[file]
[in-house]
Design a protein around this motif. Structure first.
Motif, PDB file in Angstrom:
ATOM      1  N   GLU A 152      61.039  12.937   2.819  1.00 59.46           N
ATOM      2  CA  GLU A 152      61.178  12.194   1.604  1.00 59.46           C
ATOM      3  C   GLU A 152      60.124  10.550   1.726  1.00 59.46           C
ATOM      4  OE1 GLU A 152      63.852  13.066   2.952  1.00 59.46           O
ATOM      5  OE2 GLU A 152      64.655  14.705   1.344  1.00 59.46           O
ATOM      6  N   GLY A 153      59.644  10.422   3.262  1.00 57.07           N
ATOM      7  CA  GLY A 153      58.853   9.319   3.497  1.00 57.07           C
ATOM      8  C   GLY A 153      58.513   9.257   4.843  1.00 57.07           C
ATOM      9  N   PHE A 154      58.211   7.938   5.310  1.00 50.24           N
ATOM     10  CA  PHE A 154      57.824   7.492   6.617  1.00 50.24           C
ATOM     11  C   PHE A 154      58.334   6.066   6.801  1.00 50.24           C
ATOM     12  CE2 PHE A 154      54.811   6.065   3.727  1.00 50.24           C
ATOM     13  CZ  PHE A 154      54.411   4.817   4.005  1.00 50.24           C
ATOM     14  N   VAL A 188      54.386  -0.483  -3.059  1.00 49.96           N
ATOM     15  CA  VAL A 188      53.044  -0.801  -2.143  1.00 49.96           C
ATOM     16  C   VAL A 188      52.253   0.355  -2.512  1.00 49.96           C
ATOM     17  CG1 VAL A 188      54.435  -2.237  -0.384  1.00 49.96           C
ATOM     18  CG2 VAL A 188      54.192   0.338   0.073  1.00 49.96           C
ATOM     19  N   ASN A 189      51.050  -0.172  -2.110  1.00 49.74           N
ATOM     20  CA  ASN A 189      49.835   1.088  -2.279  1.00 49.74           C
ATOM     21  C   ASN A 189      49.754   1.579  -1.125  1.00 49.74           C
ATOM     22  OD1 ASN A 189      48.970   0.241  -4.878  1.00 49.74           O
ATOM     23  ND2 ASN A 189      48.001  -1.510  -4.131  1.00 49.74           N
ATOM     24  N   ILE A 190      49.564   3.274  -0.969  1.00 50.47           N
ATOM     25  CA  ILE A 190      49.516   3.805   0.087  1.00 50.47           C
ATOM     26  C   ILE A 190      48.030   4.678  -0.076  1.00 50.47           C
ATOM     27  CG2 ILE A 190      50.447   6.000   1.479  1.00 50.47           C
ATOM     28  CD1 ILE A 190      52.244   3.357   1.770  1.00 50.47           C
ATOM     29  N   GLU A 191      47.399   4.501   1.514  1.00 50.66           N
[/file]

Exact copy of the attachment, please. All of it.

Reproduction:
[in-house]
Design a protein around this motif. Structure first.
Motif, PDB file in Angstrom:
ATOM      1  N   GLU A 152      61.039  12.937   2.819  1.00 59.46           N
ATOM      2  CA  GLU A 152      61.178  12.194   1.604  1.00 59.46           C
ATOM      3  C   GLU A 152      60.124  10.550   1.726  1.00 59.46           C
ATOM      4  OE1 GLU A 152      63.852  13.066   2.952  1.00 59.46           O
ATOM      5  OE2 GLU A 152      64.655  14.705   1.344  1.00 59.46           O
ATOM      6  N   GLY A 153      59.644  10.422   3.262  1.00 57.07           N
ATOM      7  CA  GLY A 153      58.853   9.319   3.497  1.00 57.07           C
ATOM      8  C   GLY A 153      58.513   9.257   4.843  1.00 57.07           C
ATOM      9  N   PHE A 154      58.211   7.938   5.310  1.00 50.24           N
ATOM     10  CA  PHE A 154      57.824   7.492   6.617  1.00 50.24           C
ATOM     11  C   PHE A 154      58.334   6.066   6.801  1.00 50.24           C
ATOM     12  CE2 PHE A 154      54.811   6.065   3.727  1.00 50.24           C
ATOM     13  CZ  PHE A 154      54.411   4.817   4.005  1.00 50.24           C
ATOM     14  N   VAL A 188      54.386  -0.483  -3.059  1.00 49.96           N
ATOM     15  CA  VAL A 188      53.044  -0.801  -2.143  1.00 49.96           C
ATOM     16  C   VAL A 188      52.253   0.355  -2.512  1.00 49.96           C
ATOM     17  CG1 VAL A 188      54.435  -2.237  -0.384  1.00 49.96           C
ATOM     18  CG2 VAL A 188      54.192   0.338   0.073  1.00 49.96           C
ATOM     19  N   ASN A 189      51.050  -0.172  -2.110  1.00 49.74           N
ATOM     20  CA  ASN A 189      49.835   1.088  -2.279  1.00 49.74           C
ATOM     21  C   ASN A 189      49.754   1.579  -1.125  1.00 49.74           C
ATOM     22  OD1 ASN A 189      48.970   0.241  -4.878  1.00 49.74           O
ATOM     23  ND2 ASN A 189      48.001  -1.510  -4.131  1.00 49.74           N
ATOM     24  N   ILE A 190      49.564   3.274  -0.969  1.00 50.47           N
ATOM     25  CA  ILE A 190      49.516   3.805   0.087  1.00 50.47           C
ATOM     26  C   ILE A 190      48.030   4.678  -0.076  1.00 50.47           C
ATOM     27  CG2 ILE A 190      50.447   6.000   1.479  1.00 50.47           C
ATOM     28  CD1 ILE A 190      52.244   3.357   1.770  1.00 50.47           C
ATOM     29  N   GLU A 191      47.399   4.501   1.514  1.00 50.66           N